In a new paper in PNAS by Arthur White and colleagues from Australia, they describe a newly discovered, magnificent creature from the island nation of Vanuatu in the Southwest Pacific.
Imagine walking through the steamy lowland jungles of the island of Efate in Vanuatu. Sweat pours down your back and pretty much everywhere else on your body as you force your way through the thick growth. Finally exiting the forest onto some partly shrub-covered hills, imagine coming head-to-head with several lumbering creatures almost two metres in length: huge domed shells, each with a head in one end, a long tail at the other end. At first glance they are not unlike a giant tortoise as you can go and see them in Galapagos or on Aldabra. At second glance, however, you see that their heads are huge and sport several large horns. With your third glance that has by now turned into quite a stare, you realise they have long tails that end in horned spikes. Not just your ordinary giant tortoise, then (not that there are any ordinary giant tortoises, I should hasten to bias-fully add!).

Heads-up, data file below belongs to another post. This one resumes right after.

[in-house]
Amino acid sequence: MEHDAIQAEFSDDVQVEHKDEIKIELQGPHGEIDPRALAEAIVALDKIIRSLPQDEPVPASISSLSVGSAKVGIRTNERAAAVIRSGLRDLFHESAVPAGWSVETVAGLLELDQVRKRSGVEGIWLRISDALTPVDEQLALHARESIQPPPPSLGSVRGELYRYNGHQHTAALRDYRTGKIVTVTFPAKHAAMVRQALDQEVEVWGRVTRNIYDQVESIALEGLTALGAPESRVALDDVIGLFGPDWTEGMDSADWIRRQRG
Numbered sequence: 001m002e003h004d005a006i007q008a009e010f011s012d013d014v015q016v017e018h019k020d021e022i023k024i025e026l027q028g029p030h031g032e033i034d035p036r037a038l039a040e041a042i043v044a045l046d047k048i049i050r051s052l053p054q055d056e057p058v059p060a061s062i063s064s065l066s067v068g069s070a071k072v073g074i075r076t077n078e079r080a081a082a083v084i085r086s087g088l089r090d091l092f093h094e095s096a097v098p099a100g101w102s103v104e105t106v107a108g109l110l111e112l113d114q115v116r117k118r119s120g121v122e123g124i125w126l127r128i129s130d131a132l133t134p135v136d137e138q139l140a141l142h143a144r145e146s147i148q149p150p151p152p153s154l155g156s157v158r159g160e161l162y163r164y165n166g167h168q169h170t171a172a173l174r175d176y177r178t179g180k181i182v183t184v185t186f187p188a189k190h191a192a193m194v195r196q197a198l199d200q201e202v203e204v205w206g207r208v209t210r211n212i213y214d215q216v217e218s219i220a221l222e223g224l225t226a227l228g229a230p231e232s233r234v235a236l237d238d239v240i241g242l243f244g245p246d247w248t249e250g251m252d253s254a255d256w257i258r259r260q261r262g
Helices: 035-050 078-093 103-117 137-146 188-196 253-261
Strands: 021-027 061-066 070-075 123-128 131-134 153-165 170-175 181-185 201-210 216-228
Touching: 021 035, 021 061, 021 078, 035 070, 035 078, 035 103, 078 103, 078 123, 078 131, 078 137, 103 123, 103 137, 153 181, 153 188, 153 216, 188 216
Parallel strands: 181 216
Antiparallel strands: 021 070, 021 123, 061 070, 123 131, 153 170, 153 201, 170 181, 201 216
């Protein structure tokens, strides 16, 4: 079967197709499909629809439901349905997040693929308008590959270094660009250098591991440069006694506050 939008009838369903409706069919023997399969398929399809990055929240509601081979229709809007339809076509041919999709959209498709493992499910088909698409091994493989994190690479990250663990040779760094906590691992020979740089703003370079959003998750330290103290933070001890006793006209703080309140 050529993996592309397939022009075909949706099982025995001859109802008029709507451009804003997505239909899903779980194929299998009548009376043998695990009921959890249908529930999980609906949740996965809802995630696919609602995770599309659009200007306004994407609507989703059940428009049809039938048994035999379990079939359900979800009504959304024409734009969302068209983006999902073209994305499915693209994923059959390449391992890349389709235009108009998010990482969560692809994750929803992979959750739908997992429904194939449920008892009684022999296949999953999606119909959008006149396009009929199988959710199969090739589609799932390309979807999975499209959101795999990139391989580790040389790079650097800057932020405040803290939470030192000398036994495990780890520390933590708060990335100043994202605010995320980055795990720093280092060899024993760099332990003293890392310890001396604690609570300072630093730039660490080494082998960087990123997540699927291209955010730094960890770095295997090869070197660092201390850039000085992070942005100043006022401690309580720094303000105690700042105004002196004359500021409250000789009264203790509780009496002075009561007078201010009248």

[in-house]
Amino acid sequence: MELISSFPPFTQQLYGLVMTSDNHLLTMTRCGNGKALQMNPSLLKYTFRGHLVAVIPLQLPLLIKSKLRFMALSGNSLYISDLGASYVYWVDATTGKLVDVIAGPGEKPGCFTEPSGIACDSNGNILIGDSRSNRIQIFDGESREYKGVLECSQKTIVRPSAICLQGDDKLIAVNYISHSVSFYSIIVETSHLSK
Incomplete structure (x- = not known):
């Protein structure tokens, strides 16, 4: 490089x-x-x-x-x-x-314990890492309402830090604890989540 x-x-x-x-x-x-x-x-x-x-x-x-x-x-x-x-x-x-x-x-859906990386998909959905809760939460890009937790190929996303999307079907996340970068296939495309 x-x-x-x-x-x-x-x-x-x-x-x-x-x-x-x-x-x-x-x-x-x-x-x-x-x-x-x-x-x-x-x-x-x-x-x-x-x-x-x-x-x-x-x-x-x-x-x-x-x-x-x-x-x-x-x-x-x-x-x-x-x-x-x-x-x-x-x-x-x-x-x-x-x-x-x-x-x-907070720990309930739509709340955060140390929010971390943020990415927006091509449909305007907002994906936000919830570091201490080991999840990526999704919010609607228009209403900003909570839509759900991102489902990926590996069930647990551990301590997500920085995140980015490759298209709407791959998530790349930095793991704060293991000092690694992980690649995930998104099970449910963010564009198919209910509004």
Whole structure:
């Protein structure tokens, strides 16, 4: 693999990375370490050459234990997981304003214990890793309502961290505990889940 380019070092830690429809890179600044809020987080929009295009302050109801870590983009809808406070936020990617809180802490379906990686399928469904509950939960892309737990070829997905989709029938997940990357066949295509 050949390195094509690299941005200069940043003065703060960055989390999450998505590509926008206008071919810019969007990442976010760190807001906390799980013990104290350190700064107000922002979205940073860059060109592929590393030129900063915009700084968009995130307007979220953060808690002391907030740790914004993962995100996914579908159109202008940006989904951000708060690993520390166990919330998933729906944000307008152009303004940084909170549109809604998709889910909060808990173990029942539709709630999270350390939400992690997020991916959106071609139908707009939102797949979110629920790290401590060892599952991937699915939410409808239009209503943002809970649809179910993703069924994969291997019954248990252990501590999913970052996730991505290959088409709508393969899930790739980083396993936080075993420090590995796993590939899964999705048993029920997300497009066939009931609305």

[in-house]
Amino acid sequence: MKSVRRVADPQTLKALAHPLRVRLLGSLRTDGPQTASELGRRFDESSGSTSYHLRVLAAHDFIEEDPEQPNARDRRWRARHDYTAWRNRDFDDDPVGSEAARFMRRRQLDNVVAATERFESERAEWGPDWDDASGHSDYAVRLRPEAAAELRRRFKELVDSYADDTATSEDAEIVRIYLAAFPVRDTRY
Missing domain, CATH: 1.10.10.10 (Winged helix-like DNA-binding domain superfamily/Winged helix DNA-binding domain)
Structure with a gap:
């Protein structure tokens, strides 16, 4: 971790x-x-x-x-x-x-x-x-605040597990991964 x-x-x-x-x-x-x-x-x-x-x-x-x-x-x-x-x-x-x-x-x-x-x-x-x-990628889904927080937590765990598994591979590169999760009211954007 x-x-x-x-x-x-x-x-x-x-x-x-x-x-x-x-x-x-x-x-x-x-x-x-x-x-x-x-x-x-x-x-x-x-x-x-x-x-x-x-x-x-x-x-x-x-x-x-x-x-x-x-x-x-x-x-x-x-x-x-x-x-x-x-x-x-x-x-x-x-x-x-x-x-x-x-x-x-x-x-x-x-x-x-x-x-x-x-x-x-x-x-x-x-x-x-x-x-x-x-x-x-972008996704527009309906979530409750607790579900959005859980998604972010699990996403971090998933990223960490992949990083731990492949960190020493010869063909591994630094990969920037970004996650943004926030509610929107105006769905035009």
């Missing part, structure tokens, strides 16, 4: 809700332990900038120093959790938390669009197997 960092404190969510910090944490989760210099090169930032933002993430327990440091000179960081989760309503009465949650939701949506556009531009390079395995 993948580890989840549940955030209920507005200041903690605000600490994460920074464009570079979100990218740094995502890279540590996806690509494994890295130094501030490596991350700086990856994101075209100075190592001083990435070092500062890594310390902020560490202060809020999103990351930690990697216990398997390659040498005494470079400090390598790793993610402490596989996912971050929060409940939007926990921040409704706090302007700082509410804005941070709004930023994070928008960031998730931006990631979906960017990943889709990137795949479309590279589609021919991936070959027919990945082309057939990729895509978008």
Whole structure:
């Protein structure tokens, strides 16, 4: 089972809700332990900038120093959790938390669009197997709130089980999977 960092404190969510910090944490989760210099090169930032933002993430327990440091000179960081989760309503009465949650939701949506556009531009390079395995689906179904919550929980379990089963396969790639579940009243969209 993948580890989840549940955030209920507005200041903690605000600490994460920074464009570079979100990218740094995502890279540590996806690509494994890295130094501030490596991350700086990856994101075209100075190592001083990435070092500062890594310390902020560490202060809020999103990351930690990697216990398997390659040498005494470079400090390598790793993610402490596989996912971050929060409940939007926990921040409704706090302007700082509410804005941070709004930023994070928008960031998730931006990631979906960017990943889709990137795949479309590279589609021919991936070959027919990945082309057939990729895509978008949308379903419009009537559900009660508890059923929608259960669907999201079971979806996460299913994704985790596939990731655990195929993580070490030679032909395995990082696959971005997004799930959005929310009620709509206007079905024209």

Sadly, imagination and a few bony remains will have to do, because the latter is all the first human settlers of Vanuatu left behind in their middens some 3000 years ago. What we do know is that these creatures were likely members of the genus Meiolania a now-extinct genus of horned tortoises (or horned turtles, for terrestrial-Eucryptodire-nomenclaturally-challenged Americans) from the Austral-Pacific region. Tentatively assigned to genus level, the scientists have named this animal Meiolania damelipi.
As coincidence will, the meiolaniid horned tortoises/turtles of Vanuatu feature in a small part of an upcoming book chapter, where I review and discuss the merits of rewilding degraded island ecosystems with taxon substitutions to replace extinct native species. Moreover, in a further coincidence, I have been fortunate enough to convince the paleo-guru Carl Buell to help me with an illustration of what this critter may have looked like (pardon the copyright-thingy, but the book isn’t out yet!):